2. Integrating services into primary health care.
An important step in expanding access to HIV services was the October 2018 launch of the BMA ARV Service Centres. This involved the integration of HIV prevention and treatment into primary health-care settings, thus bringing services closer to people. Seven BMA primary health centres began to initiate antiretroviral therapy for newly diagnosed people living with HIV, while people already on treatment could be referred to 31 BMA primary health-care centres for medication refills, ongoing treatment, support and care. Fifteen BMA primary health-care centres provide PrEP services for key populations and nonoccupational PEP. Free and after-hour services are also available in eight primary health centres. In addition, all of the city’s 68 primary health centres have integrated outreach programmes that provide counselling and testing for gay men and other men who have sex with men, transgender people, male and female sex workers, and other key populations.
3. Same-day antiretroviral therapy.
The city is partnering with private hospitals and large government facilities to expand same-day antiretroviral therapy services to keep people living with HIV in the treatment and care system. Same-day services are available to all people who need them. Research has shown that 90% of those who tested positive accepted same-day antiretroviral therapy initiation, resulting in low loss-to-follow up and high rates of viral suppression2. To ensure that no one is left behind, the governor of Bangkok approved an additional budget to provide antiretroviral therapy for undocumented migrants and non-Thai residents, and to supplement costs that are not reimbursed.
4. Tailored comprehensive services for specific populations.
Bangkok is providing strong support for key population-led services tailored to the needs of specific key populations. Model clinics for transgender people and gay men and other men who have sex with men have been pioneered by civil society organizations, and lessons learned have been shared. These services include using online platforms for health promotion that focuses on gay men and other men who have sex with men and on vulnerable youth.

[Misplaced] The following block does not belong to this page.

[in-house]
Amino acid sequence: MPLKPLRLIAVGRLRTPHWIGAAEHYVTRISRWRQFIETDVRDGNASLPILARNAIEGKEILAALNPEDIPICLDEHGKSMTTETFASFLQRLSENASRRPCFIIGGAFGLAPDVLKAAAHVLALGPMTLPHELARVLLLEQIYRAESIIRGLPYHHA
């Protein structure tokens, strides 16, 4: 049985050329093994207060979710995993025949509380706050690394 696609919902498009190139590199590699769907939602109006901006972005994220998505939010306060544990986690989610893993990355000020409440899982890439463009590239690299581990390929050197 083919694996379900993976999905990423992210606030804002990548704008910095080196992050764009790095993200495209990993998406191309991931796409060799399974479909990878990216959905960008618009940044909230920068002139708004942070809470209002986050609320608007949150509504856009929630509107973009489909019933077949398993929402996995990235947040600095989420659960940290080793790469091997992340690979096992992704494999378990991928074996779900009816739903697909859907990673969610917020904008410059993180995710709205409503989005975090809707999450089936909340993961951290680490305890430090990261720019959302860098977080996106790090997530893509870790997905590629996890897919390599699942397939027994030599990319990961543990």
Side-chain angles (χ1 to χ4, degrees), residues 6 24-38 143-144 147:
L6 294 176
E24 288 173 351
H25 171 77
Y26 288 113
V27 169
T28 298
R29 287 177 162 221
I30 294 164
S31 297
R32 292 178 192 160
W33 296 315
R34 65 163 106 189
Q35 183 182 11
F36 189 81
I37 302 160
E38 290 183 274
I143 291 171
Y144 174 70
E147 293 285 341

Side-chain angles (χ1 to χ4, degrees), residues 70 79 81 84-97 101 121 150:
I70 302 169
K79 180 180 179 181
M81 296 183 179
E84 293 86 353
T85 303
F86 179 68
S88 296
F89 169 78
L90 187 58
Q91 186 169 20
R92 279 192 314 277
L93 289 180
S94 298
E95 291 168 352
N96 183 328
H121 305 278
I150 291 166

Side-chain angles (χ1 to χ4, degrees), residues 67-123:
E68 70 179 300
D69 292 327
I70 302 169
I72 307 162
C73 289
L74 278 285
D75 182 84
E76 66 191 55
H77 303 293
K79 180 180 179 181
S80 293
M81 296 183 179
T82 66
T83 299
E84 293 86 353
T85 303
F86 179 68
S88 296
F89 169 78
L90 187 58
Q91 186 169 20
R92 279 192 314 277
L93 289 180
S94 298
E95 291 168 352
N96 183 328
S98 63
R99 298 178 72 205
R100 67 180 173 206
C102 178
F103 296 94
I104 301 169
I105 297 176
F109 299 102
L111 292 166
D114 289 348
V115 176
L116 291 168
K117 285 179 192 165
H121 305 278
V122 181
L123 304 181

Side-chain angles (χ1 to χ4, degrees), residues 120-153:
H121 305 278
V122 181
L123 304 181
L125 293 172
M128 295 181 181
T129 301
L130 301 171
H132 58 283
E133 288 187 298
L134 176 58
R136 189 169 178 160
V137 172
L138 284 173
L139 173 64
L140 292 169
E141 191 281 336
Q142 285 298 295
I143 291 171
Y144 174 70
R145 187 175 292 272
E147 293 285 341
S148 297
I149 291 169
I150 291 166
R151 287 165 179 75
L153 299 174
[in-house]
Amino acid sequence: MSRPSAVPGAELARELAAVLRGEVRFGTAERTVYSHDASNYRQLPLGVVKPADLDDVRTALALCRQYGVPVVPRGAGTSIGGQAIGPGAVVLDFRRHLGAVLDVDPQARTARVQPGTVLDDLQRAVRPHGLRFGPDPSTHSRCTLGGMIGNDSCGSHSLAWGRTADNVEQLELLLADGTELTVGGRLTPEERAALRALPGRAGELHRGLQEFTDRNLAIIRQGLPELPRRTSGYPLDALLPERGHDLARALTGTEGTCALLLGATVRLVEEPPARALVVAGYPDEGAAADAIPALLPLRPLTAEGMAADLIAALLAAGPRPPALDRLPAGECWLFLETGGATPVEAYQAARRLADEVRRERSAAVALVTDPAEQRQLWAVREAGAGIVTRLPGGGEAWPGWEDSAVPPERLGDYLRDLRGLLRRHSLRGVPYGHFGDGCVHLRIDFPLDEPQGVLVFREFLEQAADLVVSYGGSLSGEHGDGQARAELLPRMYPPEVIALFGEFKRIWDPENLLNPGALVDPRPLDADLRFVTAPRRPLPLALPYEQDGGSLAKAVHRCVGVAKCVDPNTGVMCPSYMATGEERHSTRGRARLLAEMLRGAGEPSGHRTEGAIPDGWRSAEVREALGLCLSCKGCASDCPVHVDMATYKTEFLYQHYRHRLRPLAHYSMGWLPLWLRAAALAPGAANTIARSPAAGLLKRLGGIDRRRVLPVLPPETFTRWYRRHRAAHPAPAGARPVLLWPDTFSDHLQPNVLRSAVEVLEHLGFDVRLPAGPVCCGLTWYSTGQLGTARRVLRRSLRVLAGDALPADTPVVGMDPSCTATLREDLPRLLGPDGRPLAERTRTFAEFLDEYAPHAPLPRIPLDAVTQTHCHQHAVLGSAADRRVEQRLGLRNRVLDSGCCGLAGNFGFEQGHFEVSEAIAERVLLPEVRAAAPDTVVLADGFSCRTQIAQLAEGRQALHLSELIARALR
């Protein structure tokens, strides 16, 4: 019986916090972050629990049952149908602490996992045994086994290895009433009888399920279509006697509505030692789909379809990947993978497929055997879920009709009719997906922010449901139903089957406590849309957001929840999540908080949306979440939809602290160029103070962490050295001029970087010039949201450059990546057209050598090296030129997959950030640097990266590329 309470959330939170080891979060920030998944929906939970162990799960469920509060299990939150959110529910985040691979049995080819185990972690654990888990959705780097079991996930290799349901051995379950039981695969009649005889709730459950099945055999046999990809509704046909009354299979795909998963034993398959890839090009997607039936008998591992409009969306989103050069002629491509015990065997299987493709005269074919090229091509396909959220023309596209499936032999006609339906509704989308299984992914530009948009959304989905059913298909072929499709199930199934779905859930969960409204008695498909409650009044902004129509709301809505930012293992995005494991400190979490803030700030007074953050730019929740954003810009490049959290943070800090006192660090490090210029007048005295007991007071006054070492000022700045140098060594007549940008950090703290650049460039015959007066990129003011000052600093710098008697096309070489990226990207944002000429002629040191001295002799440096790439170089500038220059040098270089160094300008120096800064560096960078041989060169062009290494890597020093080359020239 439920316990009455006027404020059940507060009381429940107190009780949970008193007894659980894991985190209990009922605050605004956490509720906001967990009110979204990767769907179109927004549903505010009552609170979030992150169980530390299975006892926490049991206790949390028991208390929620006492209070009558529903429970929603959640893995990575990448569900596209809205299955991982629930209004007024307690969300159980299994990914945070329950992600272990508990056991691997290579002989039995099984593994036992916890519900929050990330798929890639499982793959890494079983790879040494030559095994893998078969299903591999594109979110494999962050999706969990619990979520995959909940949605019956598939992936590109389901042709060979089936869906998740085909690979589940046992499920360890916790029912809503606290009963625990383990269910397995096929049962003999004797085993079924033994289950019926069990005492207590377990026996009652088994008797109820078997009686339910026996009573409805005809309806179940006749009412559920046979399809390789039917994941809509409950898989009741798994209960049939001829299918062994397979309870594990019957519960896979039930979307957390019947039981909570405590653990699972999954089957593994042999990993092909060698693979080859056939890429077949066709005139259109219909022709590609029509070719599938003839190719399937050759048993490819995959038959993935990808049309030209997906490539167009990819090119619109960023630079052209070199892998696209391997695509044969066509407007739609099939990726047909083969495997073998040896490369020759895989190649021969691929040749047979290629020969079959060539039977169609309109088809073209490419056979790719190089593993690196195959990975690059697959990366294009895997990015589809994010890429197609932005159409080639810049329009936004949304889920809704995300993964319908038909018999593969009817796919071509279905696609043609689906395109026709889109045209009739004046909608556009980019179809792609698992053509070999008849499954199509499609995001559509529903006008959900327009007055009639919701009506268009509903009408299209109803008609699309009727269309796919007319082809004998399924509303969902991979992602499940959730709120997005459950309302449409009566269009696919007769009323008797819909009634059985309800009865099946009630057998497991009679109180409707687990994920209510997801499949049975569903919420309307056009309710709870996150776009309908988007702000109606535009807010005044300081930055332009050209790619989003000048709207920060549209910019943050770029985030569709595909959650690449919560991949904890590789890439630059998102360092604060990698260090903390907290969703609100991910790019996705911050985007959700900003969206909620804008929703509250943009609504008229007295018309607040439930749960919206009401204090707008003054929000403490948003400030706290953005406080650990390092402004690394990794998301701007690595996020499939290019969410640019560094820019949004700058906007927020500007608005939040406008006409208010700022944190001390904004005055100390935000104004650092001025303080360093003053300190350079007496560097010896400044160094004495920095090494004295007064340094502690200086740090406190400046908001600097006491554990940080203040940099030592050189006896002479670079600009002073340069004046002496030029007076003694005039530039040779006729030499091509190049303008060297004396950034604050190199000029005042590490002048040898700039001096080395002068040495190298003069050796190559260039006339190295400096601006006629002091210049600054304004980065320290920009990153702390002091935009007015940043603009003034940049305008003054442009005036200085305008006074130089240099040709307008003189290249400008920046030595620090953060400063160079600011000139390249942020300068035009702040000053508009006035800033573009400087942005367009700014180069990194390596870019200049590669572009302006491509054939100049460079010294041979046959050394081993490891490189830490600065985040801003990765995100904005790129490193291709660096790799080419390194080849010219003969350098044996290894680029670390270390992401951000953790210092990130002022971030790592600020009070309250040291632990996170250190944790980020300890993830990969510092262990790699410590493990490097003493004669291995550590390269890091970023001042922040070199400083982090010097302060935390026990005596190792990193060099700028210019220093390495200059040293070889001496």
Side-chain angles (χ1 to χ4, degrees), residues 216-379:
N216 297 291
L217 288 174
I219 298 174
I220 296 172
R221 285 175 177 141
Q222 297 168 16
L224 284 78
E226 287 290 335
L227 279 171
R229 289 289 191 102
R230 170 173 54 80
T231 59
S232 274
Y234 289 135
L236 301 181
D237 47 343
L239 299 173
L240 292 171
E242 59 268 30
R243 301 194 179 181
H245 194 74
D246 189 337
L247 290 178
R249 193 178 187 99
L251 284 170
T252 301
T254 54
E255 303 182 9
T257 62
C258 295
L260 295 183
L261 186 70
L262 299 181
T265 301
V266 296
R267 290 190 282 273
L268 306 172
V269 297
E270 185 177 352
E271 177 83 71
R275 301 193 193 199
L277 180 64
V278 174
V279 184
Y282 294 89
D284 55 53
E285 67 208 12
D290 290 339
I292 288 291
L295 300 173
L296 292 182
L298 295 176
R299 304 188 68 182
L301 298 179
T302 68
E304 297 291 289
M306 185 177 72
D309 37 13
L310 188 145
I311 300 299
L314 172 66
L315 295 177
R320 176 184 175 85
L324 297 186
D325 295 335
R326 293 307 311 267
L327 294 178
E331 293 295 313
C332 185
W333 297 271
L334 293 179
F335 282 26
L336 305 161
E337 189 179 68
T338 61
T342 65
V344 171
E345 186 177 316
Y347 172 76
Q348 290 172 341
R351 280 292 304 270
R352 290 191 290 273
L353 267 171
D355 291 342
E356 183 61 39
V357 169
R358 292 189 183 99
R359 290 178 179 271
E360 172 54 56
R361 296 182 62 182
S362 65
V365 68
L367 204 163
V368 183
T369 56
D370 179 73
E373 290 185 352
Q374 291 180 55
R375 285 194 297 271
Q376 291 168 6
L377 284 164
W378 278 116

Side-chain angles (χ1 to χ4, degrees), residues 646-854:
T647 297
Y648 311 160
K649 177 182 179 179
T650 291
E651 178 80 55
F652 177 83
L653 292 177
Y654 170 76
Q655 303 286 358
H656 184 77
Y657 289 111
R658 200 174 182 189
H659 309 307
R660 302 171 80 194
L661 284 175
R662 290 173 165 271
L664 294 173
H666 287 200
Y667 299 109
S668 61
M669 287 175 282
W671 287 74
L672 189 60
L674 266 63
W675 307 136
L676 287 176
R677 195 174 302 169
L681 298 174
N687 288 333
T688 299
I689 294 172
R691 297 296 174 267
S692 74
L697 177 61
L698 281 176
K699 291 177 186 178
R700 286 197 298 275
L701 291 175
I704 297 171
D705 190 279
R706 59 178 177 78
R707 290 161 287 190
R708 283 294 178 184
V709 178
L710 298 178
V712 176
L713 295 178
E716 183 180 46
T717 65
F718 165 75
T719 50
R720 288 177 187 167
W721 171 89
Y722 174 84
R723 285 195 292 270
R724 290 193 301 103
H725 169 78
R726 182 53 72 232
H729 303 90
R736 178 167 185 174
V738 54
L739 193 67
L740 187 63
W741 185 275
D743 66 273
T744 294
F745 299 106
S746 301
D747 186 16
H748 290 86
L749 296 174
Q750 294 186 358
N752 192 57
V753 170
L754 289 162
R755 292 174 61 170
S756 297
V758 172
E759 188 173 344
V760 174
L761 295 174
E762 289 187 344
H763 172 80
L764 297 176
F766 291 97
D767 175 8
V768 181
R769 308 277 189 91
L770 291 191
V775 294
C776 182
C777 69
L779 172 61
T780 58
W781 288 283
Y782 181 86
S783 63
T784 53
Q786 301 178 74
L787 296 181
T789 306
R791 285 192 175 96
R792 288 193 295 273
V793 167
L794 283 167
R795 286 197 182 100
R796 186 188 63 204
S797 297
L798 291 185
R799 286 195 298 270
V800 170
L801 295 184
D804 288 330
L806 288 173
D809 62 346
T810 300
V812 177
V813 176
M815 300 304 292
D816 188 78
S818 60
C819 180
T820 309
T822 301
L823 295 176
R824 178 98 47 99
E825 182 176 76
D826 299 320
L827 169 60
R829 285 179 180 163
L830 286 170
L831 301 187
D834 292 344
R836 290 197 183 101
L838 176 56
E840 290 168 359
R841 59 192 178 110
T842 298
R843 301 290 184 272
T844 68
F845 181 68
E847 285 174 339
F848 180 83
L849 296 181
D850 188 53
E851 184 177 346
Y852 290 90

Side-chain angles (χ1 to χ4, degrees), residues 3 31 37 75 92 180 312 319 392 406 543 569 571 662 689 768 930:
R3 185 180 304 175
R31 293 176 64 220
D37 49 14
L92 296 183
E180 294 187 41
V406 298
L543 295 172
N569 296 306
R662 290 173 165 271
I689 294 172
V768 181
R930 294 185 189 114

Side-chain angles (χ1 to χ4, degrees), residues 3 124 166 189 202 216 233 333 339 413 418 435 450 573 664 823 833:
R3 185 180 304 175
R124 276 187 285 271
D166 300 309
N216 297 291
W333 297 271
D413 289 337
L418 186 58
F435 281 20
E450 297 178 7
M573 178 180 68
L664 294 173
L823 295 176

5. Stigma reduction.
The Bangkok Partnership for Zero Discrimination is a collaboration between the BMA, the Ministry of Public Health, UNAIDS, PEPFAR, civil society and key populations. It is committed to advancing the well-being and dignity of all groups. An important activity of the Partnership includes the training of healthcare workers to provide appropriate and sensitive services. In 2019, the BMA launched e-learning for health-care staff in selected hospitals.
Through this range of innovative strategies, Bangkok is making progress towards ending AIDS in the city. In the words of the Governor of Bangkok, Pol Gen Aswin Kwanmuang, on World AIDS Day 2018: “I strongly believe we must reach people being left behind. As part of our commitment, we expand HIV services and improve access to testing and treatment, through decentralized health units and community-based organizations. Catalysing innovation for people who need it most, pursuing integration and strong partnerships are at the heart of Bangkok’s achievements.”
1 Data from the Division of AIDS and STIs, Ministry of Public Health (Thailand), August 2019
2 Seekaew P, Teeratakulpisarn N, Surapuchong P, Teeratakulpisarn S, Amatavete S, Jomja P et al. Same-day ART initiation in HIV/STI testing centre in Bangkok, Thailand: initial results from an implementation research. The 22nd International AIDS Conference, Amsterdam, the Netherlands. Abstract THAC0403